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What happens when you flush the toilet on a cruise ship?


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With passengers and crew included, the biggest modern cruise ships can carry almost 9,000 people. That’s a healthy size for a small town, let alone a floating piece of metal. So what happens to all the waste these people produce?

It all goes in the sea... doesn’t it? Well, not quite. Large cruise ships produce around 1,200 tons of waste a day, and they'd be a bit unpopular if they were spewing out trails of un-treated detritus that big in their wake.

Instead, the waste undergoes a multi-step filtration process, ensuring that it is non-toxic and reasonably ‘clean’ before being released back to nature.

First, the less heavy-duty waste (water from kitchens, laundries and bathrooms) is mixed together with the more undesirable lavatory waste.

This mixture is then sent to bio reactors within the ship, where the nasty stuff is filtered out by bacteria. Then the remaining liquid is disinfected – using UV radiation instead of chlorine, as it’s not harmful to marine life.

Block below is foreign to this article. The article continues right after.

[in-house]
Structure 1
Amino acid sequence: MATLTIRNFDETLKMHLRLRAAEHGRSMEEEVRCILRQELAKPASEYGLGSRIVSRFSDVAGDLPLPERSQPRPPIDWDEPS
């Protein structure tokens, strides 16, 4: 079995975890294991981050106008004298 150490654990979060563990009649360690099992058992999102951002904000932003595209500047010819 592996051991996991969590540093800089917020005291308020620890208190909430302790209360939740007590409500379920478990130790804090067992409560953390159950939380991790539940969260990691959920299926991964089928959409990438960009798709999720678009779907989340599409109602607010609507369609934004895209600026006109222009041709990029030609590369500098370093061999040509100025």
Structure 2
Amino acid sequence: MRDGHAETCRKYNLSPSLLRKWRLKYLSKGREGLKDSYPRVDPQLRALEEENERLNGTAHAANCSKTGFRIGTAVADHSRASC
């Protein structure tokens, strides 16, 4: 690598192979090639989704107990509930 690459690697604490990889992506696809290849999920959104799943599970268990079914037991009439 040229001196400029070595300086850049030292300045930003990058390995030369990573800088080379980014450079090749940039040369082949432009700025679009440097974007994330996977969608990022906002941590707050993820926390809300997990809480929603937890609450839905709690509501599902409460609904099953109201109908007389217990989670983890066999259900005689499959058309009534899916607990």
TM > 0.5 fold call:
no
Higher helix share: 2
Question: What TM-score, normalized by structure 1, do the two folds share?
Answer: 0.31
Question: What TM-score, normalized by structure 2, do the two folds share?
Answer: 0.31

Finally, the result is discharged into the sea, clean and non-toxic. In fact, it’s so clean that some ports allow it to be released closer than the statutory 12 miles from land.

Just 0.25% of the original 1,200 tons of waste is left at the end of the process. This is incinerated, or stored until it can be disposed of.

The way in which cruise ships dispose of their waste is regulated by strict international laws – governed by the UN International Maritime Agency. Those enforced by the Cruise Lines International Association are even stricter, and forbid the discharge or untreated sewage into the sea at any time.

So now you know.

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